5 Devices to Help You Cut the Cord and Save MoneyI cut the cord over two years ago. I did it because I needed to make a budget change. We were paying way too much just to watch TV and it needed to stop. I was deep in debt and I thought cable was a necessity.  Well, I’ve learned my lesson. Over the past two years, I have tried a number of different devices to help me stream shows and movies onto my TV. Now, just as a reminder, cutting the cord is not cutting internet. You need internet to really cut the cord. It wasn’t about getting away from Time Warner Cable, but more about paying them less.

I get a lot of questions from people looking to “cut the cord” as well, so I wanted to share my top 5 devices to help anyone cut the cord and save money. There are a number of devices out there to help you stream services like Netflix onto your TV, but these are my favorite. There is even one which doesn’t require any internet and is just a one time cost.  Without further ado, here are the 5 devices to help you cut the cord!

Roku/Roku Streaming Stick

Roku 3There are actually four Roku devices that are currently available, but I’m only going to talk about two of them. The Roku 3 and the Roku Streaming Stick. These are the two newest players in Roku’s lineup. If you don’t know Roku, then you have been living under a rock. These “cord-cutting” devices were some of the first in the industry and many have just followed. People love their Roku players.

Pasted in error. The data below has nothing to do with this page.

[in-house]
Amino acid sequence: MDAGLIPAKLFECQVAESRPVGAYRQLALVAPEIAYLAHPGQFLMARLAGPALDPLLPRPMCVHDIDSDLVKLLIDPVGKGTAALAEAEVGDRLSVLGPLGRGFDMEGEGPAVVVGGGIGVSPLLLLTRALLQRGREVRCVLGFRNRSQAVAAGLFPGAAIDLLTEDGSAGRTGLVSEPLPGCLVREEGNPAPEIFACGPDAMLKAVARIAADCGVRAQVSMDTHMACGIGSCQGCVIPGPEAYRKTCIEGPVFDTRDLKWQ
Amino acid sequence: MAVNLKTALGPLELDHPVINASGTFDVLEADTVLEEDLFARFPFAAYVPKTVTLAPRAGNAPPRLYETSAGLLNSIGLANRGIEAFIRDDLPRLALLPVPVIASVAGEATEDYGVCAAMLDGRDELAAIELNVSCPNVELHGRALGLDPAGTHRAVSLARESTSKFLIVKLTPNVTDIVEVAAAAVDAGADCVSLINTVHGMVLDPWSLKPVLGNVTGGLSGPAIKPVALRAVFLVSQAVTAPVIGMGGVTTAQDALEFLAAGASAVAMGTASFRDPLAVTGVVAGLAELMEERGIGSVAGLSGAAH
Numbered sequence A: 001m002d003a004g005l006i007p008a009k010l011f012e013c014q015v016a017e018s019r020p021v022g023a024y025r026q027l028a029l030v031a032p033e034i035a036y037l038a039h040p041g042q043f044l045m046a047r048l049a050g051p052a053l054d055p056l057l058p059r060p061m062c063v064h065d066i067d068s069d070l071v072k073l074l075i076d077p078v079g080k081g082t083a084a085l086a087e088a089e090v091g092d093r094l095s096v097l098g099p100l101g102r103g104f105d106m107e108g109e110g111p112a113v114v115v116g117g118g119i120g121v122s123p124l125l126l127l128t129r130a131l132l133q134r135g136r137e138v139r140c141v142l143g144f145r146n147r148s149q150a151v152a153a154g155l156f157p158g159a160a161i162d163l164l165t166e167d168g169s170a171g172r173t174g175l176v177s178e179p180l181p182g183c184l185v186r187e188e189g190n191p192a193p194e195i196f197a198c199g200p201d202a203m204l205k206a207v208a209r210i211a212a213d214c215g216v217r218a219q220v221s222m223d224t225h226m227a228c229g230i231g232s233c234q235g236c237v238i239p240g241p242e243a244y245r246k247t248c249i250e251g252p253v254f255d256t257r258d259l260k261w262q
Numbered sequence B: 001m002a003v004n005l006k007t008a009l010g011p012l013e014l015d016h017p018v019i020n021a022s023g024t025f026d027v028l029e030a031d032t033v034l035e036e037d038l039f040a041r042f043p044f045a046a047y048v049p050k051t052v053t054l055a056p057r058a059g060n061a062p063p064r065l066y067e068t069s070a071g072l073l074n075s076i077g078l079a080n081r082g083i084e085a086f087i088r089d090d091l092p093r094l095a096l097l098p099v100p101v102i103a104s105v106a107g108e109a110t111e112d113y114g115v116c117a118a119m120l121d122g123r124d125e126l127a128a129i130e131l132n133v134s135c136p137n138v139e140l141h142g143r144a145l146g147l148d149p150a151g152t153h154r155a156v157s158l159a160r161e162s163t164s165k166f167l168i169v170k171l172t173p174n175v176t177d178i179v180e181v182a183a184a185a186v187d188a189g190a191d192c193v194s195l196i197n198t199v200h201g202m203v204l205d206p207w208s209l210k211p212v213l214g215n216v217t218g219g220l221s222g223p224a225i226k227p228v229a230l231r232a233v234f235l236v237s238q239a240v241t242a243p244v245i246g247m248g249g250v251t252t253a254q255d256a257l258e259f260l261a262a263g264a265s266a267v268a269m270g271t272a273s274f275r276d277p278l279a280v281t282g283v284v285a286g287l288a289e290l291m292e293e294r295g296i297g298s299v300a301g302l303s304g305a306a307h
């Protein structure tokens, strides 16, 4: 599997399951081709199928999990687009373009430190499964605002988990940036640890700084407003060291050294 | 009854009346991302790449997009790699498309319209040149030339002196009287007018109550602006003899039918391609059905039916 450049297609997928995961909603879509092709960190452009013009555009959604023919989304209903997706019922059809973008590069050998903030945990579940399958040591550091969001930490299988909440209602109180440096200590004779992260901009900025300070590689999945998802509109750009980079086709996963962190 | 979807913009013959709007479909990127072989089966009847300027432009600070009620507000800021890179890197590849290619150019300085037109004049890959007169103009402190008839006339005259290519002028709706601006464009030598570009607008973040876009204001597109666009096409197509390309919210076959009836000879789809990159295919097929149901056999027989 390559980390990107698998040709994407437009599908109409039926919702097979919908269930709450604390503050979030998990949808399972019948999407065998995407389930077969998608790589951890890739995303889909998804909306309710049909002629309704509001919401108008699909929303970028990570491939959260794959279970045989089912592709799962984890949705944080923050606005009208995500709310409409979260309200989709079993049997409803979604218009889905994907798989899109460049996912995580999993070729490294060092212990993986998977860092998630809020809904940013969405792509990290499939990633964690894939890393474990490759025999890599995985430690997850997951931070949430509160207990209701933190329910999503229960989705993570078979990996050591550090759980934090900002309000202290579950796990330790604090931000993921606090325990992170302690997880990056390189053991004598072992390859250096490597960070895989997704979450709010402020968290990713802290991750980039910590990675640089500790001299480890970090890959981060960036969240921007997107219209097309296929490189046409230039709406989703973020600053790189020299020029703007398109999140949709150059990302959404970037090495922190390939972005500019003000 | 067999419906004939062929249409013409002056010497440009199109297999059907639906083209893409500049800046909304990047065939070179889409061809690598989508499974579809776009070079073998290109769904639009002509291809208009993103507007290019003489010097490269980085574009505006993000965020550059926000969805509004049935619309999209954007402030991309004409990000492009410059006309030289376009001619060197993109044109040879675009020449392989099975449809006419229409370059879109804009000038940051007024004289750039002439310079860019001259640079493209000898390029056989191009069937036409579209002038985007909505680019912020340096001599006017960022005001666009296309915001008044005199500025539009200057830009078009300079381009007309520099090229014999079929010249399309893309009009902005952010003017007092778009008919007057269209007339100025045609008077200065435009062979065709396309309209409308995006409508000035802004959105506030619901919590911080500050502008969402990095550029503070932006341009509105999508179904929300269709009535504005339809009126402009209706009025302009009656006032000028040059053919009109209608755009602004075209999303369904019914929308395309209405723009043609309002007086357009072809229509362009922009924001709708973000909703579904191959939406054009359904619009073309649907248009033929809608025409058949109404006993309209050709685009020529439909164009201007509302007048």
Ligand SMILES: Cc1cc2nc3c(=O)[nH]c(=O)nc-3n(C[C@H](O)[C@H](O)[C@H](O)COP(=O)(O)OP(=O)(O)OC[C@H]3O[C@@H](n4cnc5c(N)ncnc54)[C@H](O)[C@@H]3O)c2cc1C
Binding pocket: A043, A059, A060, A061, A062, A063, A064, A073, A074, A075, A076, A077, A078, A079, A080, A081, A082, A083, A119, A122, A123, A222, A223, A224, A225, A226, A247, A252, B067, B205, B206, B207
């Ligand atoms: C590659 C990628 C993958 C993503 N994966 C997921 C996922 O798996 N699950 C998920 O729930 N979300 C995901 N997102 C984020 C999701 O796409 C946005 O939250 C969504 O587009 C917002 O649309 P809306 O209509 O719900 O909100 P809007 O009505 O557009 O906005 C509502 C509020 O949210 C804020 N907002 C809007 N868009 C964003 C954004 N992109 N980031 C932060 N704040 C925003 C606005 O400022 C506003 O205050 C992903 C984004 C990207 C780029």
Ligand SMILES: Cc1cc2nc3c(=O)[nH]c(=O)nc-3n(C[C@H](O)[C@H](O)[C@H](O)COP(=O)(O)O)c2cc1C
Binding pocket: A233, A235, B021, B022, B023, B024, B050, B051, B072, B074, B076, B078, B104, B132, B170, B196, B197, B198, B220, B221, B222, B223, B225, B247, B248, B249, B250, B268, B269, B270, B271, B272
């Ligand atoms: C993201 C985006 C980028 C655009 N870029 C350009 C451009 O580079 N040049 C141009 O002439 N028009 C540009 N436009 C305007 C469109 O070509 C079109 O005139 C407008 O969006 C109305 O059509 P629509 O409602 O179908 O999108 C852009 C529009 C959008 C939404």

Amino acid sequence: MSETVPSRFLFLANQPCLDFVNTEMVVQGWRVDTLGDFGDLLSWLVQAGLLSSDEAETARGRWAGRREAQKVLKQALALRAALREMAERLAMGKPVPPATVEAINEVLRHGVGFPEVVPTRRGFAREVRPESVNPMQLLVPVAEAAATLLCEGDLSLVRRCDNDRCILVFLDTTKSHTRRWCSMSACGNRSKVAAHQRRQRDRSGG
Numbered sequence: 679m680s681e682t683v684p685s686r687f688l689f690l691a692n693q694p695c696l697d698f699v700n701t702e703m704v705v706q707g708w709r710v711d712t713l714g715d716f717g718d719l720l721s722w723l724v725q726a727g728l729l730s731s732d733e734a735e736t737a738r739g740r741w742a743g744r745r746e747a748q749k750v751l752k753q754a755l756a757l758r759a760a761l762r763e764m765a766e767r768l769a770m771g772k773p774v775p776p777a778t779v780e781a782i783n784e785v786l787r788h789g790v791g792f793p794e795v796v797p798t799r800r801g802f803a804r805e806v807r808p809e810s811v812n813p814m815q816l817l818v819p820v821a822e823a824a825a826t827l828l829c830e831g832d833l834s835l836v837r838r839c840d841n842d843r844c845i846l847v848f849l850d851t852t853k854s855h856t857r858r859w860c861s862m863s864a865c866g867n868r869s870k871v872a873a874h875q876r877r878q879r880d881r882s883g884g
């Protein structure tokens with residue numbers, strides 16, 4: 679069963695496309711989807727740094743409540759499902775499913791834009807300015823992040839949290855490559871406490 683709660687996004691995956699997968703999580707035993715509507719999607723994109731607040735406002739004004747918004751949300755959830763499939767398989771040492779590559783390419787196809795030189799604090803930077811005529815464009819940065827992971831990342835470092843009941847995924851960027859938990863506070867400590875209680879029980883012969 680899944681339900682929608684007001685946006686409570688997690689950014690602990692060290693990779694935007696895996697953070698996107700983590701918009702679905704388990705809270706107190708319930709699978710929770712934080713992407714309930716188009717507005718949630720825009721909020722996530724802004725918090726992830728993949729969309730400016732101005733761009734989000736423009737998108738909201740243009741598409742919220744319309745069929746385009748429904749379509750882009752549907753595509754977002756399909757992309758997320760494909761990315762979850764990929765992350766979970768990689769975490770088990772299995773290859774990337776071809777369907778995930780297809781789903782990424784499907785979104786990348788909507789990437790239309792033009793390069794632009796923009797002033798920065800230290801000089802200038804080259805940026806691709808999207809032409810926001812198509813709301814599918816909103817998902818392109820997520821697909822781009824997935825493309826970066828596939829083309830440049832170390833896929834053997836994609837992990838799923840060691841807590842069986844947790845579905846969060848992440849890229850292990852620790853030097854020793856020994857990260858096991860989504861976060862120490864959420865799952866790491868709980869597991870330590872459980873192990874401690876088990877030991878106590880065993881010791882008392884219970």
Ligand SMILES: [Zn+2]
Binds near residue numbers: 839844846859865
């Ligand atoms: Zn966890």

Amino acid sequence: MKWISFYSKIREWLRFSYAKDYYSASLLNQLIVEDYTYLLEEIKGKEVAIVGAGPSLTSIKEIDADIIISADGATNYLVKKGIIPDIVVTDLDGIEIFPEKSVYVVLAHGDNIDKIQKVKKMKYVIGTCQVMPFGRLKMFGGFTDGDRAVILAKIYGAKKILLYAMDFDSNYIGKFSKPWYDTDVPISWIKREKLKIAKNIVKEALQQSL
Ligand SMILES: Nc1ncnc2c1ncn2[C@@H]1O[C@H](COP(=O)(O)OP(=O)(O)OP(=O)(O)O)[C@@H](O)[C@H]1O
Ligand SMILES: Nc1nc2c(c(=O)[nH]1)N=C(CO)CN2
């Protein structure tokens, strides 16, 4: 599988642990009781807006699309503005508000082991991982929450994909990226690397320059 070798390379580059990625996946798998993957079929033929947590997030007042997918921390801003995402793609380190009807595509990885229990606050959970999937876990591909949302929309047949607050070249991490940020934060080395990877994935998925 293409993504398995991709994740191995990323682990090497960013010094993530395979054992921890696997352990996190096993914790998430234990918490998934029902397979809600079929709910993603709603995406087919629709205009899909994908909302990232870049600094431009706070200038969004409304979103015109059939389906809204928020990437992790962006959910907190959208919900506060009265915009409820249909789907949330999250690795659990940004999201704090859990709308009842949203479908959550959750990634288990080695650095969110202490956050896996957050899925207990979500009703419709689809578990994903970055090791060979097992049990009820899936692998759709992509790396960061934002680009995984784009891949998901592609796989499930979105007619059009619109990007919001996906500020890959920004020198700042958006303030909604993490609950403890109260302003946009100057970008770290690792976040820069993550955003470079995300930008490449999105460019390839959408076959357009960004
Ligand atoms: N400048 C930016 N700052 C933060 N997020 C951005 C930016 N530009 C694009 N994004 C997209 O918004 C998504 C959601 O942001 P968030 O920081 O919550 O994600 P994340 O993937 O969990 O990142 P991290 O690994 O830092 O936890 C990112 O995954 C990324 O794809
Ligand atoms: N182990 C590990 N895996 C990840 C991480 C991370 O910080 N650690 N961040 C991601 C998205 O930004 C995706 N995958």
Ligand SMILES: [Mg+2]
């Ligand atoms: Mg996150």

As with the other devices (minus the Mohu Leaf), Roku allows you to stream both free channels and paid subscription services, such as Netflix and Amazon Instant Video.  Their streaming stick is the most cost effective, but the Roku 3 is by far the most powerful streaming device out there.

With the Roku 3 device, you can easily search with your remote or download their app and control the system with your smartphone or tablet. One of the cool features is the headphone jack in the remote. You can now listen to your shows late at night or when you shouldn’t bother someone around you.  It’s a slick little feature.  Many of their best channels are subscription based, such as Netflix, Hulu Plus, Watch ESPN, and Amazon Instant Video, but they do have a number of free stations you can choose from.

Prices for the Roku start at $50 for the Streaming Stick and go up to $100 for the Roku 3.

Mohu Leaf

Mohu Leaf UltimateThis is one of the best over-the-air antennas on the market today. This little device was the first thing I purchased to cut the cord. It was such a small antenna (the thickness of a few sheets of paper) and it did the job well.  I took a look at AntennaWeb before I bought it as I wanted to see what kind of broadcast channels I could receive. You should do the same.